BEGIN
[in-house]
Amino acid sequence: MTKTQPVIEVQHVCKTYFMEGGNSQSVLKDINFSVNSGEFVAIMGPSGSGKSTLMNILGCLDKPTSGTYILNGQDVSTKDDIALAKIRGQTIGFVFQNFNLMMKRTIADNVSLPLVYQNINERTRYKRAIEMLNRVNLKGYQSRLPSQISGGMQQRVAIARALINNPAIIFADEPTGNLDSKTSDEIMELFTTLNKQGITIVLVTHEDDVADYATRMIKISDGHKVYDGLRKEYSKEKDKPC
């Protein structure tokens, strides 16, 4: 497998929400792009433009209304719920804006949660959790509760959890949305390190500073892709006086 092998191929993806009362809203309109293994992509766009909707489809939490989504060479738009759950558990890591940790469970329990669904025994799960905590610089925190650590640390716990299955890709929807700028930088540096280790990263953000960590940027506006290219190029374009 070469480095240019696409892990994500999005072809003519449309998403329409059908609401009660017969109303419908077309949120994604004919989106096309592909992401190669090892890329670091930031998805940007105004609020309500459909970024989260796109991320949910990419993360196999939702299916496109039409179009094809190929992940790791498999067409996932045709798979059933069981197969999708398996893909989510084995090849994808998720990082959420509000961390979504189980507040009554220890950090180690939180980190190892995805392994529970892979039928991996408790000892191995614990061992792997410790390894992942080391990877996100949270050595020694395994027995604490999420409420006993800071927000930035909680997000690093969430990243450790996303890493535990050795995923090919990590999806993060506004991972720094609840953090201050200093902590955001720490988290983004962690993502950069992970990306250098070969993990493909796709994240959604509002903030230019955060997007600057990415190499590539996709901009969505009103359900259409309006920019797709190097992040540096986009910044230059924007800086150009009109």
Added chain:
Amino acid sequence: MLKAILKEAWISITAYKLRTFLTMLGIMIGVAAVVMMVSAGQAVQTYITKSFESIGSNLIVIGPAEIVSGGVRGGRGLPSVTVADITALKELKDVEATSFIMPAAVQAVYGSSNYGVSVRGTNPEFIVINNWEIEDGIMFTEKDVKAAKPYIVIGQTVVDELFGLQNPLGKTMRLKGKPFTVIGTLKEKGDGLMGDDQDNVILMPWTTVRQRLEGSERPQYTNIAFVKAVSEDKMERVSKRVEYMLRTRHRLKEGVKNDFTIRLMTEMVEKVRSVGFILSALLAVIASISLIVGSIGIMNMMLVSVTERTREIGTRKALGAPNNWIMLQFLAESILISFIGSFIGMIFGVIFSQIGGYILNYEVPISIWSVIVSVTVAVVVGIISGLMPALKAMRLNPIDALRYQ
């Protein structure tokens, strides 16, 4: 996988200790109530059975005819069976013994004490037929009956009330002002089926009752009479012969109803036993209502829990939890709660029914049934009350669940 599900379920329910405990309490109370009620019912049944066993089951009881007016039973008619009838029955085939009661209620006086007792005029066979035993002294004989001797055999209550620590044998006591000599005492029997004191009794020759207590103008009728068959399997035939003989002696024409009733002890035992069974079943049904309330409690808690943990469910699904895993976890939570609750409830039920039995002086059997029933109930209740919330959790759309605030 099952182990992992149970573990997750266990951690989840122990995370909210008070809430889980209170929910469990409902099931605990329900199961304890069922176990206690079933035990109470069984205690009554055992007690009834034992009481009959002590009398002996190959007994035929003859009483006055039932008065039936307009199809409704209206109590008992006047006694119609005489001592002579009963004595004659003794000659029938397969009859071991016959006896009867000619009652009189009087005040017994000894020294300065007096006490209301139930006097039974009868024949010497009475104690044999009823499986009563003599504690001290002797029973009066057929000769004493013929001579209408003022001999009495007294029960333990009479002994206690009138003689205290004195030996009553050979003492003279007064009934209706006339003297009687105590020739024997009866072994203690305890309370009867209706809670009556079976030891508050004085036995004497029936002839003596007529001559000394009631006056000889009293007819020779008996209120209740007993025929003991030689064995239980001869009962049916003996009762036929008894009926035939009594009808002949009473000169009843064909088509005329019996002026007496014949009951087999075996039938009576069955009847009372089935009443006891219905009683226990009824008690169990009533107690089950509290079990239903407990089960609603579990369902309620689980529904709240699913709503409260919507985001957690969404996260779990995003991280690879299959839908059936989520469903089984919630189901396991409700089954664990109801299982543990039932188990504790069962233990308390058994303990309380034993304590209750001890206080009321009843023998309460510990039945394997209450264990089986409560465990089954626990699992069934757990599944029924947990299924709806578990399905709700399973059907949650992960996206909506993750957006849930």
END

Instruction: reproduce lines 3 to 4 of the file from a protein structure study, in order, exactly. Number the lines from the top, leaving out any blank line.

């Protein structure tokens, strides 16, 4: 497998929400792009433009209304719920804006949660959790509760959890949305390190500073892709006086 092998191929993806009362809203309109293994992509766009909707489809939490989504060479738009759950558990890591940790469970329990669904025994799960905590610089925190650590640390716990299955890709929807700028930088540096280790990263953000960590940027506006290219190029374009 070469480095240019696409892990994500999005072809003519449309998403329409059908609401009660017969109303419908077309949120994604004919989106096309592909992401190669090892890329670091930031998805940007105004609020309500459909970024989260796109991320949910990419993360196999939702299916496109039409179009094809190929992940790791498999067409996932045709798979059933069981197969999708398996893909989510084995090849994808998720990082959420509000961390979504189980507040009554220890950090180690939180980190190892995805392994529970892979039928991996408790000892191995614990061992792997410790390894992942080391990877996100949270050595020694395994027995604490999420409420006993800071927000930035909680997000690093969430990243450790996303890493535990050795995923090919990590999806993060506004991972720094609840953090201050200093902590955001720490988290983004962690993502950069992970990306250098070969993990493909796709994240959604509002903030230019955060997007600057990415190499590539996709901009969505009103359900259409309006920019797709190097992040540096986009910044230059924007800086150009009109």
Added chain: